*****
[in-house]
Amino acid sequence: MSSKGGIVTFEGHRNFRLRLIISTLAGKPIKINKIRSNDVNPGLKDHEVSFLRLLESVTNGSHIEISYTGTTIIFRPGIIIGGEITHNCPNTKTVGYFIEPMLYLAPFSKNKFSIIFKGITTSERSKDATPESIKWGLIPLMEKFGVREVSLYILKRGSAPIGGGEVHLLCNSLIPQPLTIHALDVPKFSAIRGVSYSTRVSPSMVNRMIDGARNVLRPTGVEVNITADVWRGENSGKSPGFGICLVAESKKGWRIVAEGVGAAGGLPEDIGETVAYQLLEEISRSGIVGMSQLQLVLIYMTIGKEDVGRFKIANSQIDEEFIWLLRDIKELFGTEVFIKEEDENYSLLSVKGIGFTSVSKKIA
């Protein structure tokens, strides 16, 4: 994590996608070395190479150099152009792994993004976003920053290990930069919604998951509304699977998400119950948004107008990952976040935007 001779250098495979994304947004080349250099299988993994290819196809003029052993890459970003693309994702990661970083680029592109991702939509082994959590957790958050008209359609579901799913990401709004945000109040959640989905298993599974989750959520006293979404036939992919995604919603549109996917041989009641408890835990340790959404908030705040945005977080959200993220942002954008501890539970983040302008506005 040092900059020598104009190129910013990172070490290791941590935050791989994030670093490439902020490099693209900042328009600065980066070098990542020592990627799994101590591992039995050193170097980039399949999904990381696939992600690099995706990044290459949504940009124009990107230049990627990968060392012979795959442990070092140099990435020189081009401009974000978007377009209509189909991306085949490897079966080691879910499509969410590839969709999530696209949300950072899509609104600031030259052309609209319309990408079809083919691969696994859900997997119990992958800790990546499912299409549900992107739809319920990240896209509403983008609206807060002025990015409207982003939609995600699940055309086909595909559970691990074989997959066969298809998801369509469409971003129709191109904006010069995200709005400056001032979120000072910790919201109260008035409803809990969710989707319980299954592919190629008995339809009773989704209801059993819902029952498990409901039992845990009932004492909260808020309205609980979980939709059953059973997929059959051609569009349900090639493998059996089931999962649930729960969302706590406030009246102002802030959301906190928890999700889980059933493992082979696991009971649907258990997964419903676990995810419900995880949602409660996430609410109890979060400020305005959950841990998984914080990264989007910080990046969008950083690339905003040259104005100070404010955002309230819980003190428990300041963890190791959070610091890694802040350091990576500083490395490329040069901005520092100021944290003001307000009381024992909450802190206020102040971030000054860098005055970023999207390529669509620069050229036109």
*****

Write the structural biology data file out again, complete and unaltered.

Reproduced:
[in-house]
Amino acid sequence: MSSKGGIVTFEGHRNFRLRLIISTLAGKPIKINKIRSNDVNPGLKDHEVSFLRLLESVTNGSHIEISYTGTTIIFRPGIIIGGEITHNCPNTKTVGYFIEPMLYLAPFSKNKFSIIFKGITTSERSKDATPESIKWGLIPLMEKFGVREVSLYILKRGSAPIGGGEVHLLCNSLIPQPLTIHALDVPKFSAIRGVSYSTRVSPSMVNRMIDGARNVLRPTGVEVNITADVWRGENSGKSPGFGICLVAESKKGWRIVAEGVGAAGGLPEDIGETVAYQLLEEISRSGIVGMSQLQLVLIYMTIGKEDVGRFKIANSQIDEEFIWLLRDIKELFGTEVFIKEEDENYSLLSVKGIGFTSVSKKIA
């Protein structure tokens, strides 16, 4: 994590996608070395190479150099152009792994993004976003920053290990930069919604998951509304699977998400119950948004107008990952976040935007 001779250098495979994304947004080349250099299988993994290819196809003029052993890459970003693309994702990661970083680029592109991702939509082994959590957790958050008209359609579901799913990401709004945000109040959640989905298993599974989750959520006293979404036939992919995604919603549109996917041989009641408890835990340790959404908030705040945005977080959200993220942002954008501890539970983040302008506005 040092900059020598104009190129910013990172070490290791941590935050791989994030670093490439902020490099693209900042328009600065980066070098990542020592990627799994101590591992039995050193170097980039399949999904990381696939992600690099995706990044290459949504940009124009990107230049990627990968060392012979795959442990070092140099990435020189081009401009974000978007377009209509189909991306085949490897079966080691879910499509969410590839969709999530696209949300950072899509609104600031030259052309609209319309990408079809083919691969696994859900997997119990992958800790990546499912299409549900992107739809319920990240896209509403983008609206807060002025990015409207982003939609995600699940055309086909595909559970691990074989997959066969298809998801369509469409971003129709191109904006010069995200709005400056001032979120000072910790919201109260008035409803809990969710989707319980299954592919190629008995339809009773989704209801059993819902029952498990409901039992845990009932004492909260808020309205609980979980939709059953059973997929059959051609569009349900090639493998059996089931999962649930729960969302706590406030009246102002802030959301906190928890999700889980059933493992082979696991009971649907258990997964419903676990995810419900995880949602409660996430609410109890979060400020305005959950841990998984914080990264989007910080990046969008950083690339905003040259104005100070404010955002309230819980003190428990300041963890190791959070610091890694802040350091990576500083490395490329040069901005520092100021944290003001307000009381024992909450802190206020102040971030000054860098005055970023999207390529669509620069050229036109």